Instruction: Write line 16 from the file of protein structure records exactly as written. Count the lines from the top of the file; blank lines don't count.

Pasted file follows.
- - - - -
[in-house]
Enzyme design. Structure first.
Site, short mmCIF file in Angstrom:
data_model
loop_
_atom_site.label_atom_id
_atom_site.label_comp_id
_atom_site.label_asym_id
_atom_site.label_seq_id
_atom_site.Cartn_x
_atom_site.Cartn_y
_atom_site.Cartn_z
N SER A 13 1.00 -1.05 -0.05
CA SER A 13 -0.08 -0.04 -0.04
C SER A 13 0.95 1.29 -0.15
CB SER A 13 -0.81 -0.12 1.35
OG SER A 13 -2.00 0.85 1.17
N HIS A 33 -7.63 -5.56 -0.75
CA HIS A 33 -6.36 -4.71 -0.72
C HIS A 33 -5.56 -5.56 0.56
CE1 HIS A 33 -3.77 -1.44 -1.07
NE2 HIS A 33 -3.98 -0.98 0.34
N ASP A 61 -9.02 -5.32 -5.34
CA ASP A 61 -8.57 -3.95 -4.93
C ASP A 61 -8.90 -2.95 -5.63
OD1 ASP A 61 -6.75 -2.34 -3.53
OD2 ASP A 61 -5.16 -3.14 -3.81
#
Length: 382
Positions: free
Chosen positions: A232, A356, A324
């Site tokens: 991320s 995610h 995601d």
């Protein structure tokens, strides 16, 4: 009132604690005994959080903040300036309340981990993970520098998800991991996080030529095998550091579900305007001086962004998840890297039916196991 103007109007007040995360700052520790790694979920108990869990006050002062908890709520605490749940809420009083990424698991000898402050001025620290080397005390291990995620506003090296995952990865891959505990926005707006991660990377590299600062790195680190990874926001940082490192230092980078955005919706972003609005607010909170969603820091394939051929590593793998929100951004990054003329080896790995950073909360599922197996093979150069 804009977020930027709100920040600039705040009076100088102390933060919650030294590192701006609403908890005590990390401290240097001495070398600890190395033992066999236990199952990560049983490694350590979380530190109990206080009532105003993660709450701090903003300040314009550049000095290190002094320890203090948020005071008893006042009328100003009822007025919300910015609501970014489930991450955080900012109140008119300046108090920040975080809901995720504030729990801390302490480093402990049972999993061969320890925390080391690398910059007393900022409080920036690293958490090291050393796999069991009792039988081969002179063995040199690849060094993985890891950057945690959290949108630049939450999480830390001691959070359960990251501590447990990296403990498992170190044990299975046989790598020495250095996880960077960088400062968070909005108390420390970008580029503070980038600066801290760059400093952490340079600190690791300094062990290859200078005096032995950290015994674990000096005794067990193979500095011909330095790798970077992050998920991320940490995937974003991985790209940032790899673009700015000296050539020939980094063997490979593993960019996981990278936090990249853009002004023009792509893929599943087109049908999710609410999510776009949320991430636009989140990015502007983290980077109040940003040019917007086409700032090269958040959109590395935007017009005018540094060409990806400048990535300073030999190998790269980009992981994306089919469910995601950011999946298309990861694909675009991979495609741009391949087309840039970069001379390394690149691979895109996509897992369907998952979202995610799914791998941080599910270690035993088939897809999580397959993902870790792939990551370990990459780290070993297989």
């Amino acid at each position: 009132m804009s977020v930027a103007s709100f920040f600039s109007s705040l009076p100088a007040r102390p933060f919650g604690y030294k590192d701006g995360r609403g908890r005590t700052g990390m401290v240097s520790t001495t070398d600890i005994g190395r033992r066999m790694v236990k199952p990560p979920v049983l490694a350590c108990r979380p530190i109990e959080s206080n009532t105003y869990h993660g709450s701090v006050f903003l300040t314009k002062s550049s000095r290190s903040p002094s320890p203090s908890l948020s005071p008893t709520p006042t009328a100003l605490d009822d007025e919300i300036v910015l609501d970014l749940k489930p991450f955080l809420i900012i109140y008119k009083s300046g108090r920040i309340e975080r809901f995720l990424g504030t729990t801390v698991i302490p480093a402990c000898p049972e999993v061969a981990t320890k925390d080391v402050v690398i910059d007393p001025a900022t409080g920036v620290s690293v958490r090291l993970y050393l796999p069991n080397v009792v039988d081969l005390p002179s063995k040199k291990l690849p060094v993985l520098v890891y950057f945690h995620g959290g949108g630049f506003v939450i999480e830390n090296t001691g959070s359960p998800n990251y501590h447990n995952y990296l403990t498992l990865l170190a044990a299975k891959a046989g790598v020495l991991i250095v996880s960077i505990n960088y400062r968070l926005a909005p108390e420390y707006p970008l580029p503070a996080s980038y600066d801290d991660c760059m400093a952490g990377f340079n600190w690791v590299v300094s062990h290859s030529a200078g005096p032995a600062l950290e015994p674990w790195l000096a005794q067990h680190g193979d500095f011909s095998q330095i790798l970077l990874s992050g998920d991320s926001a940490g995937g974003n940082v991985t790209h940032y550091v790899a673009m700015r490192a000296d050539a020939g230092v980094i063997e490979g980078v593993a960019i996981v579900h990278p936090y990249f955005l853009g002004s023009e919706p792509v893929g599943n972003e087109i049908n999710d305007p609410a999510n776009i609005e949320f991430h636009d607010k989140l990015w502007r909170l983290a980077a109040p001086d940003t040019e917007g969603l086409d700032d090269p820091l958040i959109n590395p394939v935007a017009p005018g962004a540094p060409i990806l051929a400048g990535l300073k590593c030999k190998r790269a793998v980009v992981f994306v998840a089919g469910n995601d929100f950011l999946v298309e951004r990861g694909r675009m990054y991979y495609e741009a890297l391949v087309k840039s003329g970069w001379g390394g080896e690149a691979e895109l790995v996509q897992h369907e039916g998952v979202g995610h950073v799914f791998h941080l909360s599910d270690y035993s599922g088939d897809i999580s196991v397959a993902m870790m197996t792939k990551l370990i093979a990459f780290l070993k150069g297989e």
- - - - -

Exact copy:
CB SER A 13 -0.81 -0.12 1.35